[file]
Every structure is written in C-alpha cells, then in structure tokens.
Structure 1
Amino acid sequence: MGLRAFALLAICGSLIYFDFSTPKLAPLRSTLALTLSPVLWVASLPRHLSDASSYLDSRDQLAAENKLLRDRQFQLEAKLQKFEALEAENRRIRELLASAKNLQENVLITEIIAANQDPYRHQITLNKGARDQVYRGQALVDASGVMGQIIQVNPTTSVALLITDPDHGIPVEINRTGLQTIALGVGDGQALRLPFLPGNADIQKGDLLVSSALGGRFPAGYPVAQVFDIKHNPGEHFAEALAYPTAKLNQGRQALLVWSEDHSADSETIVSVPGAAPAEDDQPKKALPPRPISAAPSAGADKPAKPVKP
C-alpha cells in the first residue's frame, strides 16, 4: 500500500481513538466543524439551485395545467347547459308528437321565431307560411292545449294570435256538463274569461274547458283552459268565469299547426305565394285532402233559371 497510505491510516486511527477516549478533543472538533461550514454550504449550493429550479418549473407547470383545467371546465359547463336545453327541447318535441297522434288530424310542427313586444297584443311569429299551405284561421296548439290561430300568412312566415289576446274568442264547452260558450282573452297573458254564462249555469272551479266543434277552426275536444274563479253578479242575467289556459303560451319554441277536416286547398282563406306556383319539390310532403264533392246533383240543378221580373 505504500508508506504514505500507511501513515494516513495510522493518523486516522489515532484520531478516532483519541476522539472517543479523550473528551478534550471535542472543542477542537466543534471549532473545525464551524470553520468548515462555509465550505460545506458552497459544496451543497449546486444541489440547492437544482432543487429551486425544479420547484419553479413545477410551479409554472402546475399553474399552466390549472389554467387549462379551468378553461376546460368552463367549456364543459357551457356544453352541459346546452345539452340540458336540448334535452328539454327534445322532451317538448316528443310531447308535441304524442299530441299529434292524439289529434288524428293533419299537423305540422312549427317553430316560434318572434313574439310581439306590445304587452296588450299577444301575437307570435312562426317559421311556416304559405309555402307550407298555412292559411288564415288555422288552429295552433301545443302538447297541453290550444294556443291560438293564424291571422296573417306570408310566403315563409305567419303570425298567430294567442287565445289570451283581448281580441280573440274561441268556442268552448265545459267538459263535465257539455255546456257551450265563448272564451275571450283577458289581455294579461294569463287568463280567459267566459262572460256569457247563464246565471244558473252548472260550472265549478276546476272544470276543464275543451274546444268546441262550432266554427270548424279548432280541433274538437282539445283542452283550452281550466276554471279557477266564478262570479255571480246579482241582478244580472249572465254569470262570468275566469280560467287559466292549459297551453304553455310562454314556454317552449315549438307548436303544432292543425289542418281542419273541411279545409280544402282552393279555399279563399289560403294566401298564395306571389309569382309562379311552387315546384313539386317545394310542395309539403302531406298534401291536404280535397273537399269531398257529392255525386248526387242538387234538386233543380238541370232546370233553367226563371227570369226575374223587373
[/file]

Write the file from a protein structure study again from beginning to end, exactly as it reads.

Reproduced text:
Every structure is written in C-alpha cells, then in structure tokens.
Structure 1
Amino acid sequence: MGLRAFALLAICGSLIYFDFSTPKLAPLRSTLALTLSPVLWVASLPRHLSDASSYLDSRDQLAAENKLLRDRQFQLEAKLQKFEALEAENRRIRELLASAKNLQENVLITEIIAANQDPYRHQITLNKGARDQVYRGQALVDASGVMGQIIQVNPTTSVALLITDPDHGIPVEINRTGLQTIALGVGDGQALRLPFLPGNADIQKGDLLVSSALGGRFPAGYPVAQVFDIKHNPGEHFAEALAYPTAKLNQGRQALLVWSEDHSADSETIVSVPGAAPAEDDQPKKALPPRPISAAPSAGADKPAKPVKP
C-alpha cells in the first residue's frame, strides 16, 4: 500500500481513538466543524439551485395545467347547459308528437321565431307560411292545449294570435256538463274569461274547458283552459268565469299547426305565394285532402233559371 497510505491510516486511527477516549478533543472538533461550514454550504449550493429550479418549473407547470383545467371546465359547463336545453327541447318535441297522434288530424310542427313586444297584443311569429299551405284561421296548439290561430300568412312566415289576446274568442264547452260558450282573452297573458254564462249555469272551479266543434277552426275536444274563479253578479242575467289556459303560451319554441277536416286547398282563406306556383319539390310532403264533392246533383240543378221580373 505504500508508506504514505500507511501513515494516513495510522493518523486516522489515532484520531478516532483519541476522539472517543479523550473528551478534550471535542472543542477542537466543534471549532473545525464551524470553520468548515462555509465550505460545506458552497459544496451543497449546486444541489440547492437544482432543487429551486425544479420547484419553479413545477410551479409554472402546475399553474399552466390549472389554467387549462379551468378553461376546460368552463367549456364543459357551457356544453352541459346546452345539452340540458336540448334535452328539454327534445322532451317538448316528443310531447308535441304524442299530441299529434292524439289529434288524428293533419299537423305540422312549427317553430316560434318572434313574439310581439306590445304587452296588450299577444301575437307570435312562426317559421311556416304559405309555402307550407298555412292559411288564415288555422288552429295552433301545443302538447297541453290550444294556443291560438293564424291571422296573417306570408310566403315563409305567419303570425298567430294567442287565445289570451283581448281580441280573440274561441268556442268552448265545459267538459263535465257539455255546456257551450265563448272564451275571450283577458289581455294579461294569463287568463280567459267566459262572460256569457247563464246565471244558473252548472260550472265549478276546476272544470276543464275543451274546444268546441262550432266554427270548424279548432280541433274538437282539445283542452283550452281550466276554471279557477266564478262570479255571480246579482241582478244580472249572465254569470262570468275566469280560467287559466292549459297551453304553455310562454314556454317552449315549438307548436303544432292543425289542418281542419273541411279545409280544402282552393279555399279563399289560403294566401298564395306571389309569382309562379311552387315546384313539386317545394310542395309539403302531406298534401291536404280535397273537399269531398257529392255525386248526387242538387234538386233543380238541370232546370233553367226563371227570369226575374223587373